In her memoir Why Religion? Elaine Pagels described noticing that she’s attracted to a female friend.

A little background on her: Raised by atheist parents, she chose Christianity as both a faith tradition and focus of scholarship in her early adulthood, becoming a foremost researcher of early Christian writings, particularly the ones that didn’t make it into the cannon of the New Testament; her book The Gnostic Gospels was the first major text on these writings. She approaches Christian scripture in a way that would easily rankle literalists; she finds there beautiful, human-crafted, allegory-rich, curiosity-provoking spiritual guidance.

At the time of noticing her attraction, she was married to a man who she loved deeply. She had no interest in disrupting their marriage and she had no intellectual bias against same-sex attraction. Love was love to Pagels.

And yet she noticed that she was uncomfortable feeling an attraction to a woman, despite her intellectual acceptance, despite her awareness that she didn’t have to and wouldn’t act on the attraction. As she brought curiosity to her discomfort (That’s some beautiful self-coaching there!) she noticed that while her conscious self had zero beef with same-sex attraction, while her conscious self didn’t buy into the scriptural interpretation that called those kinds of love sin, something in her, some little unconscious part of her, did beef, did buy into the sinfulness.

Some until-then unconscious part of her had absorbed teachings that her prodigious intellect had thoroughly vetted and rejected.

We do this all the time, reacting from ideas and values that have somehow stuck to us like lint to exposed velcro and yet don’t represent our actual orientation toward ourselves or the world.

I noticed this in myself just last week. In the midst of a move with the U-Haul truck already unloaded, carrying armloads of household detritus to my car that never made it into a box, I was tired and done and it was manifesting as anger at myself. Like Pagels, I brought some curiosity to it: What’s this anger about, self? (Or really, what’s this anger about, Whampus, my gremlin of should, of epic self-judgment?)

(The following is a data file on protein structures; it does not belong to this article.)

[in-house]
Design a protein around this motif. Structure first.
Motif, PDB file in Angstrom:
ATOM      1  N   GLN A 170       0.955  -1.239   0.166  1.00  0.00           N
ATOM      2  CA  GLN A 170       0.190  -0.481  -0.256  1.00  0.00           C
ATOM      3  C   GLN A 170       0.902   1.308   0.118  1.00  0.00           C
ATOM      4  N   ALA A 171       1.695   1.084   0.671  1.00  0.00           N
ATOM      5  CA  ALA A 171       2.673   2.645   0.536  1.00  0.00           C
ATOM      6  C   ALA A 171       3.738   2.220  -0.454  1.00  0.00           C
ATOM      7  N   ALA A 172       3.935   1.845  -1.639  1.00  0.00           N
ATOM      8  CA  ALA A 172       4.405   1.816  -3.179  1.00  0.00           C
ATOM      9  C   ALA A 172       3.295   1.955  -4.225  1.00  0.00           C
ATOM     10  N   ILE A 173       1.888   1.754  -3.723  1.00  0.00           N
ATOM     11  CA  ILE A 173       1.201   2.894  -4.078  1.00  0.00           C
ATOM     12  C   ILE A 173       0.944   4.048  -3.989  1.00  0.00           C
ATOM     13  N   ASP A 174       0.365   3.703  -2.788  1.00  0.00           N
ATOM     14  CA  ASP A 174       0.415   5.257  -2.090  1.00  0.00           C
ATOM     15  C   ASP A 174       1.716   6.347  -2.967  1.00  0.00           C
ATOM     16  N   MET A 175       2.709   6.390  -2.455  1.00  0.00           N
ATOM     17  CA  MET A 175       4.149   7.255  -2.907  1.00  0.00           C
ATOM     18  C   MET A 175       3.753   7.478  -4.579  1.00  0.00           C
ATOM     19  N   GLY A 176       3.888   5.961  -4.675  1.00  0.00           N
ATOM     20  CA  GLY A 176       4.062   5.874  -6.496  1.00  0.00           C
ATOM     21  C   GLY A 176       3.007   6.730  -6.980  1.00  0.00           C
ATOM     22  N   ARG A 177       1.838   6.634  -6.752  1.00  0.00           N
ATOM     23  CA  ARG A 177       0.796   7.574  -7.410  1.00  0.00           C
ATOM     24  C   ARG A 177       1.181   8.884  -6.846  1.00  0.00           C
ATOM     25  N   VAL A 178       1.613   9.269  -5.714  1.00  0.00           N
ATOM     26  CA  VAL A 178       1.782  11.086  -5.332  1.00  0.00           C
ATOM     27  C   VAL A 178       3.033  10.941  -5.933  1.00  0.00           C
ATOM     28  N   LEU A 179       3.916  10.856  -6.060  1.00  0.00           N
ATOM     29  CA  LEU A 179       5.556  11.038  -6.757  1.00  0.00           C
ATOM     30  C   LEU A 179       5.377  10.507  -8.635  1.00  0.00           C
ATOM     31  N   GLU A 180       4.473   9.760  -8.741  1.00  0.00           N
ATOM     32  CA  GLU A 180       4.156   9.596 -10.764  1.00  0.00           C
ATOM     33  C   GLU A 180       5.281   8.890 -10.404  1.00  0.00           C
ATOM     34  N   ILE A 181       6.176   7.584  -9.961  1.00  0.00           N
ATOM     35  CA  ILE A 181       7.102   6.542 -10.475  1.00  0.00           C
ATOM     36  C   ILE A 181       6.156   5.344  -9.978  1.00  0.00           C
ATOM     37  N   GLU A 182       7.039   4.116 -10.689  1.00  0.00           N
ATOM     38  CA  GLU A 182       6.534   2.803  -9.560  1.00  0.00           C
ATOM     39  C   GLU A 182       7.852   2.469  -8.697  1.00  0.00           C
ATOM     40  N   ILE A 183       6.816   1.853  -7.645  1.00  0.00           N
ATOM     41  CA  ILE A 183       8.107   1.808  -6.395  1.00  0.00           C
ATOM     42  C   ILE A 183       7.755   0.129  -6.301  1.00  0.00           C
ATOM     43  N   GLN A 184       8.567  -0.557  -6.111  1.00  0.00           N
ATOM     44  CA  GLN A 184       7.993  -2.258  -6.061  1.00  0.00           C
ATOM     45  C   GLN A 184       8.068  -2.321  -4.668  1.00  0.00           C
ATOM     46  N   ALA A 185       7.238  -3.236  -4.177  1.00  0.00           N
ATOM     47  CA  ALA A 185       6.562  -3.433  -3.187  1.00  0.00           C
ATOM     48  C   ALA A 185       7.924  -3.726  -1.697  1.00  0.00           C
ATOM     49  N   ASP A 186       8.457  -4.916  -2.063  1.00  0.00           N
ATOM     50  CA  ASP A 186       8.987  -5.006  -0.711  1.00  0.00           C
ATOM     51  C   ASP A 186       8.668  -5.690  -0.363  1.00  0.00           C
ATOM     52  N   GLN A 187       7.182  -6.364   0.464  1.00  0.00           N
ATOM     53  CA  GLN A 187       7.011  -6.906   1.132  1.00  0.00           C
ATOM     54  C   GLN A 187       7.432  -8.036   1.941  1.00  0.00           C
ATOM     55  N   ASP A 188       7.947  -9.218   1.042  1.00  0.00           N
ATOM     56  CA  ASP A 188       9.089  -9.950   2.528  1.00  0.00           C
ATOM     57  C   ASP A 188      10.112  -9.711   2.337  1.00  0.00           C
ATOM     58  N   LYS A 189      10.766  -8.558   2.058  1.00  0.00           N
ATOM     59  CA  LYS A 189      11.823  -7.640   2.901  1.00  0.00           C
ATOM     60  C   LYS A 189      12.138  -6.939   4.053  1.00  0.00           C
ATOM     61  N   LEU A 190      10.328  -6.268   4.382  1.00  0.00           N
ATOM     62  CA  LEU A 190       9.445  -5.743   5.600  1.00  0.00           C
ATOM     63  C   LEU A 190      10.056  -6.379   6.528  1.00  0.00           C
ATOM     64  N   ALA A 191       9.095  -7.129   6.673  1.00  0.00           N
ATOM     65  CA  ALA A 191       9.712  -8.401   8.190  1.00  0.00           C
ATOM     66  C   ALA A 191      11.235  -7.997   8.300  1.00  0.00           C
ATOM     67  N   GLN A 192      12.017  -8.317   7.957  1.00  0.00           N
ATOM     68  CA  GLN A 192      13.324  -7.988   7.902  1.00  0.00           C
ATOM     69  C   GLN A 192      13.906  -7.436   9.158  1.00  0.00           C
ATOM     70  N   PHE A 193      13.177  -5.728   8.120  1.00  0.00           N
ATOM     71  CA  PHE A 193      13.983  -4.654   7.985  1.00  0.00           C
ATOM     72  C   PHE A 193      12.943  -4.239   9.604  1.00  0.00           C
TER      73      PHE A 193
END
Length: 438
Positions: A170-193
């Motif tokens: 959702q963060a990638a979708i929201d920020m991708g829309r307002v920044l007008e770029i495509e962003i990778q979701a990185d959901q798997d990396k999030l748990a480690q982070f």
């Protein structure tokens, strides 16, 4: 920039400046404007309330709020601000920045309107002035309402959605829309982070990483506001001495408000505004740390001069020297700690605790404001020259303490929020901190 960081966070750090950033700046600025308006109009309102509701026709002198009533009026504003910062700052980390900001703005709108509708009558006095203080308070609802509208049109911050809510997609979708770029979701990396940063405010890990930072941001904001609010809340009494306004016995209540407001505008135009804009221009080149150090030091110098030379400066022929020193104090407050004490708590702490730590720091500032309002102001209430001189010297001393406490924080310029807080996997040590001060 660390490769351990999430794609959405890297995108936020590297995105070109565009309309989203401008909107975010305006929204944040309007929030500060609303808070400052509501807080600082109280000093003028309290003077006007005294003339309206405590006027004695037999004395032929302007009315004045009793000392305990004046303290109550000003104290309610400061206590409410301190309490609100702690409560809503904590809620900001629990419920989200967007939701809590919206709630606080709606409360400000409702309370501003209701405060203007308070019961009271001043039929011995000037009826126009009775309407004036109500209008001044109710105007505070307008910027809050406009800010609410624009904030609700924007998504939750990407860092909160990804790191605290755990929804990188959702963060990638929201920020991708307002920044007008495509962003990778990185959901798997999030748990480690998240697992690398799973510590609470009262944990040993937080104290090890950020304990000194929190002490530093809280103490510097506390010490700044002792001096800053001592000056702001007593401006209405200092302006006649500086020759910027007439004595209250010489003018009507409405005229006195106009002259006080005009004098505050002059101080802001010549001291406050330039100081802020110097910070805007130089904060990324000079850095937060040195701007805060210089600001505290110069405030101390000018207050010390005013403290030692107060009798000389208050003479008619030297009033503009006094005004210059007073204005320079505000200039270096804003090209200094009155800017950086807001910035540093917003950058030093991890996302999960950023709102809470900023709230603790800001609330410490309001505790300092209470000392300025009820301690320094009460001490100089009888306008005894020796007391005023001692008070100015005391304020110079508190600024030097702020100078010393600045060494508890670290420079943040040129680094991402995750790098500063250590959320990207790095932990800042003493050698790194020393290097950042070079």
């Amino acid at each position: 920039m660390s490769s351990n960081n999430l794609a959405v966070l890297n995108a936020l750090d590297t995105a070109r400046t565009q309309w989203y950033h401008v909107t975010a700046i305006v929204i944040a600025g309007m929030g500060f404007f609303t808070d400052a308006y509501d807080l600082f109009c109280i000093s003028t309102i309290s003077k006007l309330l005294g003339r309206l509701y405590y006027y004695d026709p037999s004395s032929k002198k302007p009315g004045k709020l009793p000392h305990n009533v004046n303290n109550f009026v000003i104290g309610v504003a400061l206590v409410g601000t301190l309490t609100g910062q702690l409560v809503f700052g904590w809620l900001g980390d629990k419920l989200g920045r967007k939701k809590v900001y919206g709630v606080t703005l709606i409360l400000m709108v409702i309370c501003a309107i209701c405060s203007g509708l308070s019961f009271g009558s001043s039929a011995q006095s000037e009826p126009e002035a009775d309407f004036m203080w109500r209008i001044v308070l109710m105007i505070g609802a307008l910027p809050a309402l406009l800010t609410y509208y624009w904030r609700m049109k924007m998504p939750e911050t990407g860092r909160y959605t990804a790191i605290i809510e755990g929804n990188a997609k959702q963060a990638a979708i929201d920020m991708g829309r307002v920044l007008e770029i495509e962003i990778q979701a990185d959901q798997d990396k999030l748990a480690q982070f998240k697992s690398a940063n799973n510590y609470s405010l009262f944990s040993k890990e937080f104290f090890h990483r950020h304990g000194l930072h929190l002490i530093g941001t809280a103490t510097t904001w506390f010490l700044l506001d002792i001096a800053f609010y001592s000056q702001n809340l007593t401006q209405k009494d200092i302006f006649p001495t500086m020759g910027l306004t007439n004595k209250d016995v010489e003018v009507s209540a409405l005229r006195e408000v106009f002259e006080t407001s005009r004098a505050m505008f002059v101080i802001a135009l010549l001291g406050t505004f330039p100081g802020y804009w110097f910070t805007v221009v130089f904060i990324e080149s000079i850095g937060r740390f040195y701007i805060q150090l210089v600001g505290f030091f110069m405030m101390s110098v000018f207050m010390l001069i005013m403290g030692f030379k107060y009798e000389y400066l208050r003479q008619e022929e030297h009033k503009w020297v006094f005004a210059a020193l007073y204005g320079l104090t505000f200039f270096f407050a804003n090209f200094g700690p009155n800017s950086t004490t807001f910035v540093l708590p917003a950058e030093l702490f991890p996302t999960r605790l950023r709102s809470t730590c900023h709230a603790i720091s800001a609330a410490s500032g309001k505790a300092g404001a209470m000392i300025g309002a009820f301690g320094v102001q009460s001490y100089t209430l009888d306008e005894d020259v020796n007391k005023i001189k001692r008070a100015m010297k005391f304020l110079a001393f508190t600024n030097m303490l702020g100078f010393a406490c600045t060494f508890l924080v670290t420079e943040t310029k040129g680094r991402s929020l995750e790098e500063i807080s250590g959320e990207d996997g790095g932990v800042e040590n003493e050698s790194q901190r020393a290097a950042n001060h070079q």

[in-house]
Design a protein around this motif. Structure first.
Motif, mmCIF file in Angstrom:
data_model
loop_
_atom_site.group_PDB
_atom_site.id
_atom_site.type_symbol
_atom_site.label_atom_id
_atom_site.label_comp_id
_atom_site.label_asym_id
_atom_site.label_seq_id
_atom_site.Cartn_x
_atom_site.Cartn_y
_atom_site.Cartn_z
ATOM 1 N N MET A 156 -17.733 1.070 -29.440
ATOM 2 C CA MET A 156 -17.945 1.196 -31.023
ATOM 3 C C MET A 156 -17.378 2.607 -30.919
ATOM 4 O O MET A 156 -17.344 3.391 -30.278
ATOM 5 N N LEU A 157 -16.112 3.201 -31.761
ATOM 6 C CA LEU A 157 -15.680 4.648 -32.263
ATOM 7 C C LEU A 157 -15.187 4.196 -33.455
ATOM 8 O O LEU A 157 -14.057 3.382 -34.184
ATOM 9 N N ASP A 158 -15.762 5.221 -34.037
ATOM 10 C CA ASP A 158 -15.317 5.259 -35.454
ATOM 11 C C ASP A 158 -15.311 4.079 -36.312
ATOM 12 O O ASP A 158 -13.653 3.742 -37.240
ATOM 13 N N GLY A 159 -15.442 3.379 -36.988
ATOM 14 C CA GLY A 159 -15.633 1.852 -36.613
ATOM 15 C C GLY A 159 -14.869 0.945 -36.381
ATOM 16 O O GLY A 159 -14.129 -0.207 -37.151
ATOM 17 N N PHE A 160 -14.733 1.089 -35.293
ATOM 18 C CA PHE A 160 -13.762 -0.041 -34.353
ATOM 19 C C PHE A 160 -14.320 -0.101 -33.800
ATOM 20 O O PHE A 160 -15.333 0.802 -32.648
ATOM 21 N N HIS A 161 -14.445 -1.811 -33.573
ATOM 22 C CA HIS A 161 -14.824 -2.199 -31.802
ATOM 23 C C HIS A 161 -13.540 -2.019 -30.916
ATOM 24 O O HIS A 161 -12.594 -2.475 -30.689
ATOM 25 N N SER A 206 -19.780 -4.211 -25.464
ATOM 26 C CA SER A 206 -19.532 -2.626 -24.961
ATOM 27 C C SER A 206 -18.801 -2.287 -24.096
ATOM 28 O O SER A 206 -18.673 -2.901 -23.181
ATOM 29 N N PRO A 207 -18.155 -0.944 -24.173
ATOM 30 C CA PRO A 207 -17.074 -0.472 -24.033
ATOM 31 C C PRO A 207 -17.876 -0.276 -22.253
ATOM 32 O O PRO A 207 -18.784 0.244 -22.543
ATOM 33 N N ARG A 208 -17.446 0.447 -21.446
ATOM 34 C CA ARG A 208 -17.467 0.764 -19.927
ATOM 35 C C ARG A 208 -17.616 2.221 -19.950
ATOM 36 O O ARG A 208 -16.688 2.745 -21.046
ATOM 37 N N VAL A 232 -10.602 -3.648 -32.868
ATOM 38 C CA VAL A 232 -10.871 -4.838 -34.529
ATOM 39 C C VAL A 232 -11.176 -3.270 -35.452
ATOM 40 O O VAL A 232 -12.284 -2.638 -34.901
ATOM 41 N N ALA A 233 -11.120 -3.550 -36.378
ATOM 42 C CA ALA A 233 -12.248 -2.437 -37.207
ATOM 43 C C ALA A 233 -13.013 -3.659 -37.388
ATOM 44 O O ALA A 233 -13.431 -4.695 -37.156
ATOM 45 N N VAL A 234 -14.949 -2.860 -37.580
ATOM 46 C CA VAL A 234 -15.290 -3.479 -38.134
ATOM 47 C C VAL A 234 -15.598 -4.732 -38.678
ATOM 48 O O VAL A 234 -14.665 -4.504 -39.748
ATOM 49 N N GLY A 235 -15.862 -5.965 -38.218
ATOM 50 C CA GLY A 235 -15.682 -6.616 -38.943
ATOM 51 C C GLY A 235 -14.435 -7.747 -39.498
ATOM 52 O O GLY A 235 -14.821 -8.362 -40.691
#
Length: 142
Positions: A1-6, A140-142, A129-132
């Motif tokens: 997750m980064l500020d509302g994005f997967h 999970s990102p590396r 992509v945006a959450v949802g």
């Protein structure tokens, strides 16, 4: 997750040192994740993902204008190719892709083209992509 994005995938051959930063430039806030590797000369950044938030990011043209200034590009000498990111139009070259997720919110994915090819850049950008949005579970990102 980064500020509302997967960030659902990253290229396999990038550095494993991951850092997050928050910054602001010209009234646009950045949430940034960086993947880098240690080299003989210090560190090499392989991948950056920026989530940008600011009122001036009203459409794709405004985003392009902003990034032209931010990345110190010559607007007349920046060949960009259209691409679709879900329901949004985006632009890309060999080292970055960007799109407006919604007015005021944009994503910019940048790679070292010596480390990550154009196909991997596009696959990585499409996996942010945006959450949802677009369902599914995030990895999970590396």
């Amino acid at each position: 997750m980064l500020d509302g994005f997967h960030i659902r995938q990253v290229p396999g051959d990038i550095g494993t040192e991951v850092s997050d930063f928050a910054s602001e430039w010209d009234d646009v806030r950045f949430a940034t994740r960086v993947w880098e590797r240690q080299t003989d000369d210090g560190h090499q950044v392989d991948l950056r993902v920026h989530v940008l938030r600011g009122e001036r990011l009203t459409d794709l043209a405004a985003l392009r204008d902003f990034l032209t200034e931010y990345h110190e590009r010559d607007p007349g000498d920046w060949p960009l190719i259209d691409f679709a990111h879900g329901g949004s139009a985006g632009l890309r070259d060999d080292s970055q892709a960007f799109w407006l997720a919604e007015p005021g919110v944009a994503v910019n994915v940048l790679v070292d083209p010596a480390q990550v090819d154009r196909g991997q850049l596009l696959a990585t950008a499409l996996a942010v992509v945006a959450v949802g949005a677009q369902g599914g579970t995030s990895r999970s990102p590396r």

I realized I was mad at myself for being emotional. Here I was, in the midst of moving to a house we were able to buy, during an economically terrifying time for millions of people around the world, carrying possessions that we own because Theresa and I are and have been lucky enough to each earn money doing work we enjoy, at the end of a move rich in friends willing to don masks while hauling boxes, and I’m in a snit because I’m tired and overwhelmed.

Of course I was. Moving is stressful. Exhaustion compounds stress and amplifies emotion.

And yet, I had zero patience for myself in that moment. Some subconscious value of stoicism was yelling at me to suck it up, count my blessings, and stifle the sniffling.

Like Pagels and her conscious acceptance of same-sex attraction, I have a strong conscious rejection of stoicism of the suck-it-up variety. My conscious self says: Bring on all the feelings! I’ll take the heartbreak because it’s the conjoined twin of great big joy!

I discovered (again) in that moment just how deeply embedded stoicism is in the velcro of my psyche.

As Pagels did apparently instinctively and I did thanks to much coaching and training, treating discomfort as a flag waving us down for some attention, bringing curiosity to what might be hiding in our velcro, is a key to both greater self-understanding and creating our biggest, baddest life – the one that truly honors our values.

What might be stuck in your velcro?

Looking for support or community in understanding your gremlins and turning toward your discomfort? I’ve got space in my calendar for a new coaching client or two, and The Bigger Badder Crew is always ready to welcome one more!

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